January 8, 2013

The President The White House 1600 Pennsylvania Avenue Washington, DC 20500 Dear Mr. President: The undersigned medical organizations, together representing the vast majority of practicing physicians and medical students in the United States, share the nation’s grief and sadness over the recent tragic school shootings in Connecticut. As physicians, we see first-hand the devastating consequences of gun violence to victims and their families. We offer our experience and expertise in finding workable, common sense solutions to reduce the epidemic of gun violence—indeed the overall culture of violence—in America. We also urge the nation to strengthen its commitment and resources to comprehensive access to mental health services, including screening, prevention, and treatment. The investigation into the Connecticut shootings is still continuing, and the issues surrounding such violence are often complex and can vary significantly from case to case. Strategies for preventing gun-related tragedies must also be complex and carefully considered. The relatively easy access to the increased firepower of assault weapons, semi-automatic firearms, high-capacity magazines, and high-velocity ammunition heightens the risk of multiple gunshot wounds and severe penetrating trauma, resulting in more critical injuries and deaths. Even for those who manage to survive gun violence involving these weapons, the severity and lasting impact of their wounds, disabilities and treatment leads to devastating consequences for families affected and society, and contributes to high medical costs for treatment and recovery. Renewing and strengthening the assault weapons ban, including banning high-capacity magazines, would be a step in the right direction. Many of the deaths and injuries resulting from firearms are preventable. More resources are needed for safety education programs that promote more responsible use and storage of firearms. Physicians need to be able to have frank discussions with their patients and parents of patients about firearm safety issues and risks to help them safeguard their families from accidents. While the overwhelming majority of patients with mental illness are not violent, physicians and other health professionals must be trained to respond to those who have a mental illness that might make them more prone to commit violence. Funding needs to be available for increased research on violence prevention in general, and on the epidemiology of gun-related injuries and deaths in particular, as well as to implement available evidence-based interventions. Of equal importance is providing sufficient access to mental health services. While we strongly supported the passage of the Mental Health Parity Act of 2008, unfortunately, the promise of better access to

The President January 8, 2013

psychiatric treatment will not be a reality absent requisite federal and state funding. This effort should be combined with an education campaign that reduces the stigma of seeking mental health services. Newtown, Connecticut has now been added to the sad litany of recent mass shootings, including Columbine, Virginia Tech, Fort Hood, Arizona, and Aurora. As we come together as a nation to mourn the most recent victims of senseless gun violence, we must make a real and lasting commitment to work together on meaningful solutions to prevent future tragedies. We stand ready to work with Congress and the Administration to make progress in protecting our communities, especially our children, from this epidemic of violence. Sincerely, American Medical Association American Academy of Child and Adolescent Psychiatry American Academy of Family Physicians American Academy of Pain Medicine American Academy of Pediatrics American Academy of Urgent Care Medicine American College of Emergency Physicians American College of Mohs Surgery American College of Occupational and Environmental Medicine American College of Osteopathic Internists American College of Phlebology American College of Physicians American College of Preventive Medicine American College of Radiology American College of Surgeons American Congress of Obstetricians and Gynecologists American Geriatrics Society American Osteopathic Association American Psychiatric Association American Society for Clinical Pathology American Society of Plastic Surgeons Association of American Medical Colleges College of American Pathologists North American Spine Society Renal Physicians Association Society of Critical Care Medicine The Society of Thoracic Surgeons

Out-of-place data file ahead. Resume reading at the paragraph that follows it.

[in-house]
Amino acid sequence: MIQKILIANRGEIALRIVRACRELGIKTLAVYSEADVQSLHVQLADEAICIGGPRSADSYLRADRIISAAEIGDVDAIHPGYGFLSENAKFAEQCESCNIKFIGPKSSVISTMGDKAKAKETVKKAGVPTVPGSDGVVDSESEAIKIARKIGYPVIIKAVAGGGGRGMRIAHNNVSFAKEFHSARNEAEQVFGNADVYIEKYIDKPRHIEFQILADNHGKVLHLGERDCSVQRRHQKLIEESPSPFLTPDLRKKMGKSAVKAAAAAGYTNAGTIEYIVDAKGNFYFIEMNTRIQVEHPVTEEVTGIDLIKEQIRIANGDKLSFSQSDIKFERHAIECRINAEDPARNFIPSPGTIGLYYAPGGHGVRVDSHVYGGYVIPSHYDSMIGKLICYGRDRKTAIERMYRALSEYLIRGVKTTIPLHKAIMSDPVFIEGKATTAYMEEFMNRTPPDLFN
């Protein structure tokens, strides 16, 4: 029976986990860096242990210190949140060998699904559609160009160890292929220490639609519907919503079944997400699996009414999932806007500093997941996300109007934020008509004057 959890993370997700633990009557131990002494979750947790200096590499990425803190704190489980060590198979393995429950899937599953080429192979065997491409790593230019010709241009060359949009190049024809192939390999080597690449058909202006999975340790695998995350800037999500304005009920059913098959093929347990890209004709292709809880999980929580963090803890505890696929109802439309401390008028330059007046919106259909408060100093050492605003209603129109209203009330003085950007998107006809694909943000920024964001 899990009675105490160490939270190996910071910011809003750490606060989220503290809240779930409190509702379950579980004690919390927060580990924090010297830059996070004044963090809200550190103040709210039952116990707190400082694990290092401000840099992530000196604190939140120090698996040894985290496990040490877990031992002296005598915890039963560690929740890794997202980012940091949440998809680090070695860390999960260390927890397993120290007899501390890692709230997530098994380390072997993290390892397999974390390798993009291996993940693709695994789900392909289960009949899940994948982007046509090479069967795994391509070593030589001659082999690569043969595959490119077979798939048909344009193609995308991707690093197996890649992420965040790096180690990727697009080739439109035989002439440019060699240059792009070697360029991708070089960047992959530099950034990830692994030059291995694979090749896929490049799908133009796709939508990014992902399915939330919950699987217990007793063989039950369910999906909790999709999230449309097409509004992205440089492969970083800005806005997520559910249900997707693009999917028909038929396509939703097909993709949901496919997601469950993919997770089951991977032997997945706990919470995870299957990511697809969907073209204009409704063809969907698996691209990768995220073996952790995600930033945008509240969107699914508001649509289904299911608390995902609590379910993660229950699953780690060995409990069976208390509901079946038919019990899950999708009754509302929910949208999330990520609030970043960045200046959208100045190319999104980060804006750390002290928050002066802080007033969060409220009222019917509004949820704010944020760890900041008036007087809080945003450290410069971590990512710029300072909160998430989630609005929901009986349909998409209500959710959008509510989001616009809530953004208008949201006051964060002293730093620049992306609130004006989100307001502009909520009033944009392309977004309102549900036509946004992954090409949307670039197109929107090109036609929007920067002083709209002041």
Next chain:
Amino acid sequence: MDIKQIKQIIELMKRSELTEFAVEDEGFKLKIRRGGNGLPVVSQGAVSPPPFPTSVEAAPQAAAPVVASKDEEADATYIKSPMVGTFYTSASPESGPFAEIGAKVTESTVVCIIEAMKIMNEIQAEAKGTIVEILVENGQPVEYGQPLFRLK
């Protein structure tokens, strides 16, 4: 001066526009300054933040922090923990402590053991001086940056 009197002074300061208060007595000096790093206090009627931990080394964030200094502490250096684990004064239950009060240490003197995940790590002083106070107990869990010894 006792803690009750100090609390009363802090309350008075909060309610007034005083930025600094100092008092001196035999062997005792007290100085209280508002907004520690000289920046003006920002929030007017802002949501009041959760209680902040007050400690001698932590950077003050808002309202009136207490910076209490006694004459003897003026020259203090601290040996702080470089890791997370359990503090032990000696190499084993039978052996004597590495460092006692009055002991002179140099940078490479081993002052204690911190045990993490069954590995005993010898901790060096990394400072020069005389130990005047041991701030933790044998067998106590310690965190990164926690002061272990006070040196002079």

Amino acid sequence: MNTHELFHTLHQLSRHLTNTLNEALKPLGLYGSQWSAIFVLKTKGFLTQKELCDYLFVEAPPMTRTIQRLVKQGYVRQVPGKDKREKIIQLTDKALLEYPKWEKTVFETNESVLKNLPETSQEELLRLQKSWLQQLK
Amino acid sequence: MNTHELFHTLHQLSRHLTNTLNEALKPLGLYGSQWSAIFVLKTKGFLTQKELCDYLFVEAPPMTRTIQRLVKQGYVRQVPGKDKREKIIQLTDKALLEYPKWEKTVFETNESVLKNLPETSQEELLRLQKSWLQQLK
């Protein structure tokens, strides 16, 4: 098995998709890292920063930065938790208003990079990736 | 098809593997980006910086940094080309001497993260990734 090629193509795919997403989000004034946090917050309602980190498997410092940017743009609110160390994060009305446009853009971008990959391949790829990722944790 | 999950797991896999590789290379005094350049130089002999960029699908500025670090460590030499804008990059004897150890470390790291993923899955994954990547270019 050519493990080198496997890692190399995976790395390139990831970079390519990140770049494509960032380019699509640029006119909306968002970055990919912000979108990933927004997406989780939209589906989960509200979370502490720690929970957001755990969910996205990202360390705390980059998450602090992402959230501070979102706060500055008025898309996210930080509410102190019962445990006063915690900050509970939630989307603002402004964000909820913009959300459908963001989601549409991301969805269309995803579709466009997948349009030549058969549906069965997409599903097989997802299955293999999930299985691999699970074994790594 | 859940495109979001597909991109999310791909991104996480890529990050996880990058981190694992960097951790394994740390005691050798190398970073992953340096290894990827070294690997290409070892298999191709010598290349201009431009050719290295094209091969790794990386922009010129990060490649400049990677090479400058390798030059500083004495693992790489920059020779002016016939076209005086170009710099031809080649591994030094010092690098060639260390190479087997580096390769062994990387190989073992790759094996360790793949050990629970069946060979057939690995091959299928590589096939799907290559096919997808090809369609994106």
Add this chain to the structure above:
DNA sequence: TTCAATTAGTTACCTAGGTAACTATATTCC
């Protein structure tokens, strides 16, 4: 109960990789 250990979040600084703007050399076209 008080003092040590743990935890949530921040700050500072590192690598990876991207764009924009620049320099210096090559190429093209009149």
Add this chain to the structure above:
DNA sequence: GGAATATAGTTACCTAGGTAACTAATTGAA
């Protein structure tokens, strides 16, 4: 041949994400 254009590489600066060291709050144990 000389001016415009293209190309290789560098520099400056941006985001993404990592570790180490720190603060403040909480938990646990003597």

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California Medical Association Colorado Medical Society Connecticut State Medical Society Medical Society of Delaware Medical Society of the District of Columbia Illinois State Medical Society Maine Medical Association MedChi, The Maryland State Medical Society Massachusetts Medical Society Michigan State Medical Society Minnesota Medical Association Nebraska Medical Association Nevada State Medical Association Medical Society of New Jersey New Mexico Medical Society Oklahoma State Medical Association Oregon Medical Association Rhode Island Medical Society South Dakota State Medical Association Tennessee Medical Association Texas Medical Association Vermont Medical Society Medical Society of Virginia Washington State Medical Association Wisconsin Medical Society

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